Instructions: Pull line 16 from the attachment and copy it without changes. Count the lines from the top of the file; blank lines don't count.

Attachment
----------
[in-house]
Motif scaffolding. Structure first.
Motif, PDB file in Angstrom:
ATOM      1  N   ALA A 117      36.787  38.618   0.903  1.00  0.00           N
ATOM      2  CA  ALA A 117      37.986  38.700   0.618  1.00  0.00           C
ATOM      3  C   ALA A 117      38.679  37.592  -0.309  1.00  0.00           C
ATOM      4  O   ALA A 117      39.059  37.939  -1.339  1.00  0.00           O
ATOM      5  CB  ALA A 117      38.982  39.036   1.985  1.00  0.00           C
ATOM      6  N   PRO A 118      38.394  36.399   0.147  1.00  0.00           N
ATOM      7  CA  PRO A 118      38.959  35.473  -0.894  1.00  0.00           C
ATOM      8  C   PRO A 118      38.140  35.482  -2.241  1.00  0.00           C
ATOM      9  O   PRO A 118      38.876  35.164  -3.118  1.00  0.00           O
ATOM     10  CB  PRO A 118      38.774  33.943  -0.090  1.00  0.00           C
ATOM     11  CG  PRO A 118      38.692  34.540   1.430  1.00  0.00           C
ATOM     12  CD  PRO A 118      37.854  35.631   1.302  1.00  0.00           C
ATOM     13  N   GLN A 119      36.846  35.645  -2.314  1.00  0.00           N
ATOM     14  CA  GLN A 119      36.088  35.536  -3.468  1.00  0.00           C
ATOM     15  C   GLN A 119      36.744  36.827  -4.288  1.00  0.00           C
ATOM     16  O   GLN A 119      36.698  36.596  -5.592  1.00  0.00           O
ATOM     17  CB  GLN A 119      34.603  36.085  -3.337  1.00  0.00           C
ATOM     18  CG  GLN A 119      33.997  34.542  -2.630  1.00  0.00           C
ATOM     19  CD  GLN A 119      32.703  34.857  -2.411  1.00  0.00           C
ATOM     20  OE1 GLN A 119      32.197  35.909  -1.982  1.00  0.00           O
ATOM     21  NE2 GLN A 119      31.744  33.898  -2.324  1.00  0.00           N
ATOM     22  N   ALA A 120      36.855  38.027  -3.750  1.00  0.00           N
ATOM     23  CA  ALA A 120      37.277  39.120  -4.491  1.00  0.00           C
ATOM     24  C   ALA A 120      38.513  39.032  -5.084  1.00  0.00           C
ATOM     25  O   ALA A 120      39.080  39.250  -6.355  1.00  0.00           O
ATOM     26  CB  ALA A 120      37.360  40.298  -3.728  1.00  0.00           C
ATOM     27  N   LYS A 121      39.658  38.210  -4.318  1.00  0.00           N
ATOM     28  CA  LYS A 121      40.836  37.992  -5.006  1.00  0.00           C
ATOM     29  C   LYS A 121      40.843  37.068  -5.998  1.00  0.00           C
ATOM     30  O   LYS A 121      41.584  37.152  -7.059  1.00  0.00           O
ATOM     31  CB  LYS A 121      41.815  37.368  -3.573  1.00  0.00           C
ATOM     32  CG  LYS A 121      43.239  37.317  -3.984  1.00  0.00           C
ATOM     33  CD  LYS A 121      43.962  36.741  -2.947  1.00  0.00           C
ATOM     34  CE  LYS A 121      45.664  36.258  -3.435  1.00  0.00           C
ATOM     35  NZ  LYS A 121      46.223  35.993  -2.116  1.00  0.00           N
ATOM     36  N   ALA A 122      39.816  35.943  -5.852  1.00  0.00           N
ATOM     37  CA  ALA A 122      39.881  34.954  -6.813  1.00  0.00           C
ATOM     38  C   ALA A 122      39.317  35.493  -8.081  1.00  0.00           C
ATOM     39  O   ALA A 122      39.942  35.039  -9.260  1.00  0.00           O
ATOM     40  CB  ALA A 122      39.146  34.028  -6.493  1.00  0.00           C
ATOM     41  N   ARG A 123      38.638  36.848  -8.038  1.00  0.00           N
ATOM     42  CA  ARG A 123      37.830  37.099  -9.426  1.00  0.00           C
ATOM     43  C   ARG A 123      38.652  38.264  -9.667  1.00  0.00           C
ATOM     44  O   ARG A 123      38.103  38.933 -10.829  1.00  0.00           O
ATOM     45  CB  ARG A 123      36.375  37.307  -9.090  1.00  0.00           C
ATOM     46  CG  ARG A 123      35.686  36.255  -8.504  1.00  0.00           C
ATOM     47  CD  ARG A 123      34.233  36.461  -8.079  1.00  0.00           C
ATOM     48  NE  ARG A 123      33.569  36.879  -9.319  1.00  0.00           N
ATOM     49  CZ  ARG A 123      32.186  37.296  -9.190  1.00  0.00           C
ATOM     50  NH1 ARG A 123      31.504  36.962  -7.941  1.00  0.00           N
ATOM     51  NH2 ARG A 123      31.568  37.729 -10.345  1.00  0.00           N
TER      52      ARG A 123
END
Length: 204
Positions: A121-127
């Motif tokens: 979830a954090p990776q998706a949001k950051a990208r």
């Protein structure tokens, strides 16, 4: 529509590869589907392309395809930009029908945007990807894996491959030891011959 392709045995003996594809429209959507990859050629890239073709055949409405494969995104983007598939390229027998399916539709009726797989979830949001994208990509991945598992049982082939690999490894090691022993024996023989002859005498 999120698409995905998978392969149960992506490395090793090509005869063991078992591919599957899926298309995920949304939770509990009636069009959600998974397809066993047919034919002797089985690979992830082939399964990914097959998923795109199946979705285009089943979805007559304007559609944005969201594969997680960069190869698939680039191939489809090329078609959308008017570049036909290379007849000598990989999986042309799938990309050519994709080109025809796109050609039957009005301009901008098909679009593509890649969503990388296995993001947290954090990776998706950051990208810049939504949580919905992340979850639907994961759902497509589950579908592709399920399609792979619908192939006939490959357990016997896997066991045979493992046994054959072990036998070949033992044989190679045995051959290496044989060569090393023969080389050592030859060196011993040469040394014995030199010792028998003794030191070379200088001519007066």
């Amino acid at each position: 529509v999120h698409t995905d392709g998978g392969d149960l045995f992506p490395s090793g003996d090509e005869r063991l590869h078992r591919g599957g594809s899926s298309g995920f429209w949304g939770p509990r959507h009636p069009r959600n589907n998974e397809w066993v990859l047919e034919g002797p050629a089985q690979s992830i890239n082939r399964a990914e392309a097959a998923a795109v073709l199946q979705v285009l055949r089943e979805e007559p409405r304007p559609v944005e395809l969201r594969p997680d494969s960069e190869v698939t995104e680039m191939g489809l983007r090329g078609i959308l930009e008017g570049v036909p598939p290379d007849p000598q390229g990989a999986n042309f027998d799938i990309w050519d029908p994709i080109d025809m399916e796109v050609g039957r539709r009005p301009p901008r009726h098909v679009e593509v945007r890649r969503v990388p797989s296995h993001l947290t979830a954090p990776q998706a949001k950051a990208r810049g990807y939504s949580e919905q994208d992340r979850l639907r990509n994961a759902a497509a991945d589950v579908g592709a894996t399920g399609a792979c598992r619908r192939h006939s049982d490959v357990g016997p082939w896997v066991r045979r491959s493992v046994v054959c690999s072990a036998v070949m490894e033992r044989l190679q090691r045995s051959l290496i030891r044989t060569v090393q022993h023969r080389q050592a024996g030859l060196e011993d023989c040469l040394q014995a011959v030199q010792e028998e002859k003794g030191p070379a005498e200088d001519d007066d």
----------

ATOM     13  N   GLN A 119      36.846  35.645  -2.314  1.00  0.00           N